What if my character doesn’t have an arc strong enough to warrant a dark moment?

Then you might want to go back through and add some characterization in. But even a one-trick character can have a dark moment. If you’ve got a mostly plot-based story where the main character just wants to get home, making that goal seemingly impossible will still do the trick.

Can I have some examples?

Sure! To stick to my normal examples, the dark moment in A New Hope is when Obi-Wan Kenobi is killed. The dark moment in the Lord of the Rings is when Frodo can’t bring himself to make it up the side of Mount Doom (and Sam has to essentially carry him). And the dark moment in the Harry Potter series is essentially the entirety of the fifth book.


Mother Characters in Scifi and Fantasy

There’s not a lot of mother characters as main characters in speculative fiction. I can think of exactly two in books that I read (Dragonsbane by Barbara Hambly and Boneshaker by Cherie Priest). Part of me is sad, because there’s not a lot of people out there to directly identify with when I read.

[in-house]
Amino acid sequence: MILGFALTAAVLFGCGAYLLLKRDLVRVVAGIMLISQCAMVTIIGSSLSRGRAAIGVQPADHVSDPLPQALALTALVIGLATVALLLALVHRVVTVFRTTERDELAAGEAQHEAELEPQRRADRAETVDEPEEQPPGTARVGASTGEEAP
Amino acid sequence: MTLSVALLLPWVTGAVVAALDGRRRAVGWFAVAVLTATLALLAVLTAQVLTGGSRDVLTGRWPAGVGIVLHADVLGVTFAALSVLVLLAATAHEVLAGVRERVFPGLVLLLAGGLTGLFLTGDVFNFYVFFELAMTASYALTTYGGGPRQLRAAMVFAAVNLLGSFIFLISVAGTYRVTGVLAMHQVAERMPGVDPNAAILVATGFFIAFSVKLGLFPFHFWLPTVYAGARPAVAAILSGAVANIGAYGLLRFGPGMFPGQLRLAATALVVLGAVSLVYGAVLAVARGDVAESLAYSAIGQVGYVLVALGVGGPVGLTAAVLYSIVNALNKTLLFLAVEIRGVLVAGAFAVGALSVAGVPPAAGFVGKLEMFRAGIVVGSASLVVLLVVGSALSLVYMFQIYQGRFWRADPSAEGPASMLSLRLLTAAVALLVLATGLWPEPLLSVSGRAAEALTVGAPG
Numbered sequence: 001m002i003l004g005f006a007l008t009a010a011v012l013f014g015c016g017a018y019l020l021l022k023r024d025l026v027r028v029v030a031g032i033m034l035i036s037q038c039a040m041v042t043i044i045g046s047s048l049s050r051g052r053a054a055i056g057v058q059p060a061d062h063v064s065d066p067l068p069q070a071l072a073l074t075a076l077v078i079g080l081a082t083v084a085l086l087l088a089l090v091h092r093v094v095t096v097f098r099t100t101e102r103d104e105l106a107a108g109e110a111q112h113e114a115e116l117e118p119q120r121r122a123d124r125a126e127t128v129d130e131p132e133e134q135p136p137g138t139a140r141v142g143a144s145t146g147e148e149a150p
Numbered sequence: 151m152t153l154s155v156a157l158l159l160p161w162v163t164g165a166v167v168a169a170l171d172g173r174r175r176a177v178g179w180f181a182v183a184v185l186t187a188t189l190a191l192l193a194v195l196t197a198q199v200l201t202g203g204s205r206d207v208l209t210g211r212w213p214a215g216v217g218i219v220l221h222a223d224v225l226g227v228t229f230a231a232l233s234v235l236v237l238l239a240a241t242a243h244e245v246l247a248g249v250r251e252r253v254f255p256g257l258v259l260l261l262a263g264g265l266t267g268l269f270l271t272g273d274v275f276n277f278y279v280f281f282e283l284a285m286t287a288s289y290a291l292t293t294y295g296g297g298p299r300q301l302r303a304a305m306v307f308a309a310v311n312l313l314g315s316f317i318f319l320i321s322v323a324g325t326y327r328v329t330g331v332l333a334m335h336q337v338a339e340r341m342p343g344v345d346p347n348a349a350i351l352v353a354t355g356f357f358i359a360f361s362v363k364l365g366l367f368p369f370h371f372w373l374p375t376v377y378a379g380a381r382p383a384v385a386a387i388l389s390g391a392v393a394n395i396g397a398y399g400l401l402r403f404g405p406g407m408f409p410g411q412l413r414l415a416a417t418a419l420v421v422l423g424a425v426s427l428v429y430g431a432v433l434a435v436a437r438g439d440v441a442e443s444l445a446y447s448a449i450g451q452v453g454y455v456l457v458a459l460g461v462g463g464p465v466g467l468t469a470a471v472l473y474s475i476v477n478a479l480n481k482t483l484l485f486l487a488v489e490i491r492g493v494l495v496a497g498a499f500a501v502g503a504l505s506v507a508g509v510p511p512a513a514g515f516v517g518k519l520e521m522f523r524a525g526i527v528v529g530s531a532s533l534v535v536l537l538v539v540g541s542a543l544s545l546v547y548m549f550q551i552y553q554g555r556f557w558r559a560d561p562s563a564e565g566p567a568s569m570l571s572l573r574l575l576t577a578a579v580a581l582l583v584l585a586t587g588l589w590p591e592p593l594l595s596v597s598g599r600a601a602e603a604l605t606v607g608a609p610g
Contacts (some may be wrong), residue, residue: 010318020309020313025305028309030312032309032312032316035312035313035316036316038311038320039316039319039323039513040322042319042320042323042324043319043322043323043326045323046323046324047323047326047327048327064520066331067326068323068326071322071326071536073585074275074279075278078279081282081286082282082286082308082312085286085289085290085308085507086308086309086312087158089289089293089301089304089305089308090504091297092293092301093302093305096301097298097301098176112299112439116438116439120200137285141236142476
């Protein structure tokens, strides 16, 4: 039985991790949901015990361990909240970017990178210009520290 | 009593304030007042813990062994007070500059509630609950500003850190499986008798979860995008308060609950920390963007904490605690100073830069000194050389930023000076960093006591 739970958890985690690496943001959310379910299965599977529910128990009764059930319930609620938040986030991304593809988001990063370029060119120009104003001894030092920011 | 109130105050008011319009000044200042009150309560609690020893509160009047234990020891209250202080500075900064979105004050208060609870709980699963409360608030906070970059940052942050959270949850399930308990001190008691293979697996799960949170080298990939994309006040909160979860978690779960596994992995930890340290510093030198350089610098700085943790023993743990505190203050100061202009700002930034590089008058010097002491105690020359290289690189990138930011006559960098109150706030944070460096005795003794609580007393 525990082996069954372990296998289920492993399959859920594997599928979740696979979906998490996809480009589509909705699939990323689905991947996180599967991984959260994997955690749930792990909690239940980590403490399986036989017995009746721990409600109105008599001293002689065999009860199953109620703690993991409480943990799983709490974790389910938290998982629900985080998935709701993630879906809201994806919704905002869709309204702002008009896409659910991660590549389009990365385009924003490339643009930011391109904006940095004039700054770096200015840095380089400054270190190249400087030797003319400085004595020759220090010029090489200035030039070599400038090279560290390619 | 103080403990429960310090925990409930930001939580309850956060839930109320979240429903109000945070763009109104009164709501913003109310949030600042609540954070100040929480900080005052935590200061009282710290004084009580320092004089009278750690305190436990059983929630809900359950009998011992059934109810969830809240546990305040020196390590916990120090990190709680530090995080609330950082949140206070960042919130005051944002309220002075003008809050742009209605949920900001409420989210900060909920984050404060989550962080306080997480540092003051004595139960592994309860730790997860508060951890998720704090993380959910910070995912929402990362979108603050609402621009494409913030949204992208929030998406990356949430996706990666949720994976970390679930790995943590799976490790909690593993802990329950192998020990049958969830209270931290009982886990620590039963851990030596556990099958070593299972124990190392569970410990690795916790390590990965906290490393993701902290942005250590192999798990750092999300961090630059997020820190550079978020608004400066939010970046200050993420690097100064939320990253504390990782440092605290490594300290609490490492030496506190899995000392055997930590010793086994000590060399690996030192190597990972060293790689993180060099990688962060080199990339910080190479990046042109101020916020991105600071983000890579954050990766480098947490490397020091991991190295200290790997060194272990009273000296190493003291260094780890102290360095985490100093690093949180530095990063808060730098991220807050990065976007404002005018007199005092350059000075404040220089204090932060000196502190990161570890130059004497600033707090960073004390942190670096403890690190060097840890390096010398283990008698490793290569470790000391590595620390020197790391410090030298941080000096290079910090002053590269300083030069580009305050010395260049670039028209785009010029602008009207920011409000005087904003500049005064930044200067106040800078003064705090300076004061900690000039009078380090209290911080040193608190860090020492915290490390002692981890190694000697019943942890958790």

But mostly I’m okay with this. Why?

Being a parent is terrifying. There a million horrible things that could happen to children at any point and, as a parent, you worry about them all the time. No one told me before I had kids that doing so would destroy my ability to partake of any media where children are hurt in any way, or where children and parents are separated, or where a parent has lost a child, or…

…you get the point.

Generally, in scifi/fantasy, terrible things are happening. There are wars and monsters and hostile aliens. And to be in a mother’s head through all that, to have to worry about her children through all that–no way. I’m perfectly okay reading about people with no familial attachments. Let them run the gamut of supernatural creatures and political machinations.

(Older children–say in their teens–are not as bad. I don’t know if I’m more sensitive to younger kids because my own kids are littler, or if it’s because older children are at least somewhat competent at life and hence do not need to be constantly protected.)

In case, you’re wondering what brought this on, I had a story idea the other day for a mother main character and

Nope octopusWhat do you think, Squiders? Know of any good speculative fiction books with mother MCs that won’t stress me out too much?

Library Book Sale Finds: Nine Princes in Amber by Roger Zelazny

The problem with the library book sale books (now I’ve been to another one) is that I’ve got a whole bunch now, and I can’t tell which ones I picked up versus which ones my husband picked up (unless they’re mysteries. The mysteries are all mine).